The Federal Reserve can get inflation back down to its 2% target without throwing a wrench in the strong labor market, said St. Louis Fed President James Bullard on Wednesday.
In an interview on Bloomberg Television, Bullard said that disinflation will come when companies stop raising prices.
“I think it is going to come from the product side of this process — where firms worry about the loss of market share — and for that reason they do not want to increase prices as rapidly as their competitors, and this leads to a 2% rate of inflation instead of an 8% rate of inflation,” Bullard said.
Bullard marches to a different drummer than most Fed officials, who believe the labor market is the key driver of inflation. Those officials see a clear relationship between wages and inflation expressed in a Phillips Curve chart. In this view, the unemployment rate has to rise to get inflation pressures down and so there has to be “pain” to get inflation to decrease.
“I do not think [disinflation] is going to work through the labor markets the way other people think,” Bullard said. “It is a little puzzling where the story is coming from,” he said, noting the Phillips Curve has been flat for the past 20 years.
The St. Louis Fed president said the labor market is one of the best of the post-World War II era.
“It is a great time to be fighting inflation and it is a great time to try to nip inflation in the bud…while the labor market is strong,” Bullard said.
He said he expects inflation to move lower during the first half of 2023.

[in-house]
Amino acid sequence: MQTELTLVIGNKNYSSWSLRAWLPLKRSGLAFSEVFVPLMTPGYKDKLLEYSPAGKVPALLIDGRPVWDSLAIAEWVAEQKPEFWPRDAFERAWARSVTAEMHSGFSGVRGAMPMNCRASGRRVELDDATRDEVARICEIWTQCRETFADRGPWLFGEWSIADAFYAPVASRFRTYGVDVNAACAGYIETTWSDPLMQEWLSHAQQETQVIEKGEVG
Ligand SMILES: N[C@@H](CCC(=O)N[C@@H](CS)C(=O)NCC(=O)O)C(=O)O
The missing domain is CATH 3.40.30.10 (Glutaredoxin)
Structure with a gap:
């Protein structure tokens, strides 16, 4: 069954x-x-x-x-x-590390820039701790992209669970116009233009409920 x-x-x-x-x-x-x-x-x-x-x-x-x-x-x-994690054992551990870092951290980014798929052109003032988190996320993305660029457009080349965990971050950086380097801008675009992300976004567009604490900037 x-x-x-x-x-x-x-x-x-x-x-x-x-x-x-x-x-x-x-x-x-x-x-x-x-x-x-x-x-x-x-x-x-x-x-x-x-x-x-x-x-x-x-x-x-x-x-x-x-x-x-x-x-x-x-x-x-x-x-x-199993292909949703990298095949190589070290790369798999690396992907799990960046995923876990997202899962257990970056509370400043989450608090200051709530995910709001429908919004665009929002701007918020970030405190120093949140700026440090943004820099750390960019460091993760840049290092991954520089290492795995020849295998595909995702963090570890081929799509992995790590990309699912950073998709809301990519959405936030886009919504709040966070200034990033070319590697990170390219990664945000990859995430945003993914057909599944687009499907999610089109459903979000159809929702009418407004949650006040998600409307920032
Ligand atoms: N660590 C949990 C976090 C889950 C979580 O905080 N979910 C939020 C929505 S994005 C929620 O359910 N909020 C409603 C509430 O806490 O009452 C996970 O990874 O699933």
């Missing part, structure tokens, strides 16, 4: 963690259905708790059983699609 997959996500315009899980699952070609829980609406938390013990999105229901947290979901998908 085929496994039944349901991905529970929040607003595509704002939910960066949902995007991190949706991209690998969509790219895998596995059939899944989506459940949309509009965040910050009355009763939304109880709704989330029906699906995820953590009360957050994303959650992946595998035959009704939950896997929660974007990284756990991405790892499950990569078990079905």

The St. Louis Fed president did not have much new to add on the outlook for the Fed’s benchmark interest rate.
The Fed’s “dot plot” penciled in a 0.75-percentage-point hike in November, followed by a half-percentage-point move in December and a quarter-point move early next year. That would bring the fed funds rate to a range of 4.5%-4.75%.
Bullard would not comment on the size of the interest-rate hike he will support at the Nov. 1-2 meeting, while noting the market has fully priced in a fourth 0.75-percentage-point rate hike.
Bullard also said he didn’t want to prejudge what the Fed will do in December. The Fed could decide to move the 2023 rate hike into December, but he said that was a tactical decision.
The central bank “wants to get its policy rate up to a level where we can put meaningful downward pressure on inflation. I think that’s the main goal immediately ahead of us,” Bullard said.
Then the Fed can return to “ordinary” monetary policy, where interest rates can be adjusted depending on the data, and will be out of this “very rapid rise in rates.”
Asked whether the level of rates that puts pressure on inflation is above 5%, as some economists have suggested, Bullard said the Fed could be driven to raise rates that high if the inflation data doesn’t cooperate.